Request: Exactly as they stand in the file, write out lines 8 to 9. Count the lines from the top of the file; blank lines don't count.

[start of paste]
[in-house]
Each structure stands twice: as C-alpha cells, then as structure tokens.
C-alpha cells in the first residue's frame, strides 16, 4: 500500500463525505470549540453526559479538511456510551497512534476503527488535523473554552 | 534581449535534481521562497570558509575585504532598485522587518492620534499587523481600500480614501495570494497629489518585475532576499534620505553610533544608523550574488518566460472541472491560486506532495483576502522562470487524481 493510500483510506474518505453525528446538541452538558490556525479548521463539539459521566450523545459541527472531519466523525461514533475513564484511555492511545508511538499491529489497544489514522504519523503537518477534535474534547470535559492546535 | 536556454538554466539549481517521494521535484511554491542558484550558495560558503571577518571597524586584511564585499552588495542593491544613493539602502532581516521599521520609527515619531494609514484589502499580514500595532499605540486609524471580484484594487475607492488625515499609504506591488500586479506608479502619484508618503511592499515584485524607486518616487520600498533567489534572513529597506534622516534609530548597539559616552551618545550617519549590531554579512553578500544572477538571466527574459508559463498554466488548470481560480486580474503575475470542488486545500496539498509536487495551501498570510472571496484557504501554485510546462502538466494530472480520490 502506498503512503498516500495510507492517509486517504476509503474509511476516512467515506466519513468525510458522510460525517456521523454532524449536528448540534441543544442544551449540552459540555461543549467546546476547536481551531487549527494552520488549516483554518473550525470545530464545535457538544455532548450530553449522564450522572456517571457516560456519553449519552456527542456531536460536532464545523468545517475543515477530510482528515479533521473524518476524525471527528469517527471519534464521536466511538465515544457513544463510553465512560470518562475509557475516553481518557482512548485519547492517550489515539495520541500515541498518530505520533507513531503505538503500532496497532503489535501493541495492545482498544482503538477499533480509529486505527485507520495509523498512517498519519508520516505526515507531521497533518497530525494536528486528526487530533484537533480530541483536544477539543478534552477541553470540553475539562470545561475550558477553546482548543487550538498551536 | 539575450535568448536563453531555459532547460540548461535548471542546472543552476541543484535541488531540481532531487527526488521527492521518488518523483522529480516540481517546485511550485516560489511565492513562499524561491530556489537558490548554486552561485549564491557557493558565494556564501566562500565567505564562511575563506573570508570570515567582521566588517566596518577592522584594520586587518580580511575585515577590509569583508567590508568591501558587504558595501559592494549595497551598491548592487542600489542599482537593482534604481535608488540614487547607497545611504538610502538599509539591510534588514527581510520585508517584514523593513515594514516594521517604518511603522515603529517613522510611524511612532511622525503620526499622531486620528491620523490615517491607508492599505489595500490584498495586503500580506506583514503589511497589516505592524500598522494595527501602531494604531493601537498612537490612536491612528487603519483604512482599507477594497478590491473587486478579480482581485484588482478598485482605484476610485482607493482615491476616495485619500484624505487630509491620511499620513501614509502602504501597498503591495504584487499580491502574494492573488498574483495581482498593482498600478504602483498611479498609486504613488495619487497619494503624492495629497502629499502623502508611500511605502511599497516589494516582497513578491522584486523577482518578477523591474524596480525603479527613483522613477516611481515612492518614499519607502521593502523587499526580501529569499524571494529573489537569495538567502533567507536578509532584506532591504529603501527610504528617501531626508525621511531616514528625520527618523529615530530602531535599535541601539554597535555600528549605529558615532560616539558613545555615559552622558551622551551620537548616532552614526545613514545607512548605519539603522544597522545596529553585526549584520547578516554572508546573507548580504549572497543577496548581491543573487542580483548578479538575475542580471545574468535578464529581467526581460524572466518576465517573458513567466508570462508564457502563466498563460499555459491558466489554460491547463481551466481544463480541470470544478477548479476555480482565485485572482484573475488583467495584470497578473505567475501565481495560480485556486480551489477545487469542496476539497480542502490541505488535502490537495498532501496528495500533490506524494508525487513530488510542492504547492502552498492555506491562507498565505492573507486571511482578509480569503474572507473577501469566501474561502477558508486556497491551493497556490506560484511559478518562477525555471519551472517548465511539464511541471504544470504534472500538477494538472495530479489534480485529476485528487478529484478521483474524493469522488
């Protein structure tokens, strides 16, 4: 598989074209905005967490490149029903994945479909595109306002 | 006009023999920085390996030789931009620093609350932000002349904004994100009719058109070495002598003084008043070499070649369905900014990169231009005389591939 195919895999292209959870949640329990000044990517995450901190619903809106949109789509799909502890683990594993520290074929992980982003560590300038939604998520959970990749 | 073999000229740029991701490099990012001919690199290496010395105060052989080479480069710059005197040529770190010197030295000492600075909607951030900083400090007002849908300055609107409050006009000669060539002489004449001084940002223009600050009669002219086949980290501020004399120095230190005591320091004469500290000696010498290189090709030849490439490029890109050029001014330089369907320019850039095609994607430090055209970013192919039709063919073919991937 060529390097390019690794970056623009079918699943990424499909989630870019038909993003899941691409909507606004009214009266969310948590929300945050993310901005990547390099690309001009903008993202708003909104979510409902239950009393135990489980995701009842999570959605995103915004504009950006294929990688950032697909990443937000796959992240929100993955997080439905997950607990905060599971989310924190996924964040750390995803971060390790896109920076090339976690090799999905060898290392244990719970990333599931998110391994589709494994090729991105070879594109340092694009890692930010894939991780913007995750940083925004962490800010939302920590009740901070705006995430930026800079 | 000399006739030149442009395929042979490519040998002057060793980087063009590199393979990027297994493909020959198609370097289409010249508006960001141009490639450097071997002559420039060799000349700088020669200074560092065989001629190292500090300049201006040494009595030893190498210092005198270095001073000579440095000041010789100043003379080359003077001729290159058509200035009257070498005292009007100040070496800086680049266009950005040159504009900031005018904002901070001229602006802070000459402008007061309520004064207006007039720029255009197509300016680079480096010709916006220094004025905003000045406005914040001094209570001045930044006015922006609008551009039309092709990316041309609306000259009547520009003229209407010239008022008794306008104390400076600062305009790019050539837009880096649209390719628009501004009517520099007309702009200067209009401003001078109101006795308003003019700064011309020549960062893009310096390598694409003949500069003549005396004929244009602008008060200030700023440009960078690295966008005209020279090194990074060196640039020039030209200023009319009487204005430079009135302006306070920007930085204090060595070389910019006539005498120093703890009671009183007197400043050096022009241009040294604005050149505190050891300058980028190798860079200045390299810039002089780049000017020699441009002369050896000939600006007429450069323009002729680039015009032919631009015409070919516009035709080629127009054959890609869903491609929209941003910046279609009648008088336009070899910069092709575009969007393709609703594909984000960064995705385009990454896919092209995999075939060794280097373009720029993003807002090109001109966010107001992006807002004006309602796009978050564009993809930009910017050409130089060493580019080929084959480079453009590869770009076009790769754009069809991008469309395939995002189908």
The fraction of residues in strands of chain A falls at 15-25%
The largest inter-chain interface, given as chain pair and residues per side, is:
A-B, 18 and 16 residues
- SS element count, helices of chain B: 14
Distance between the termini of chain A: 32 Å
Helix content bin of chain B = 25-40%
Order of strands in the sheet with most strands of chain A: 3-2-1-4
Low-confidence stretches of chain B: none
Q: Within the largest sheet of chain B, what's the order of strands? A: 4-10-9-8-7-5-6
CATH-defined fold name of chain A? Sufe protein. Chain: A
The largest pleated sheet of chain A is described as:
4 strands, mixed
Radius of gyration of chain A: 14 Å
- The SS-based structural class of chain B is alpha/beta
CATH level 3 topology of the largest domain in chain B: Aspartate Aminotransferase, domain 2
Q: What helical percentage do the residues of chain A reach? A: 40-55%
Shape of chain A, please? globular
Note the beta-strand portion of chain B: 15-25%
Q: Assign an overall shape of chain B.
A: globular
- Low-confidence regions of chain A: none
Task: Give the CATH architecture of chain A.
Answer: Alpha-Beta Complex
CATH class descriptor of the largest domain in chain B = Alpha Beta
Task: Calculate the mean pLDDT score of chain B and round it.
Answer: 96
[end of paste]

- SS element count, helices of chain B: 14
Distance between the termini of chain A: 32 Å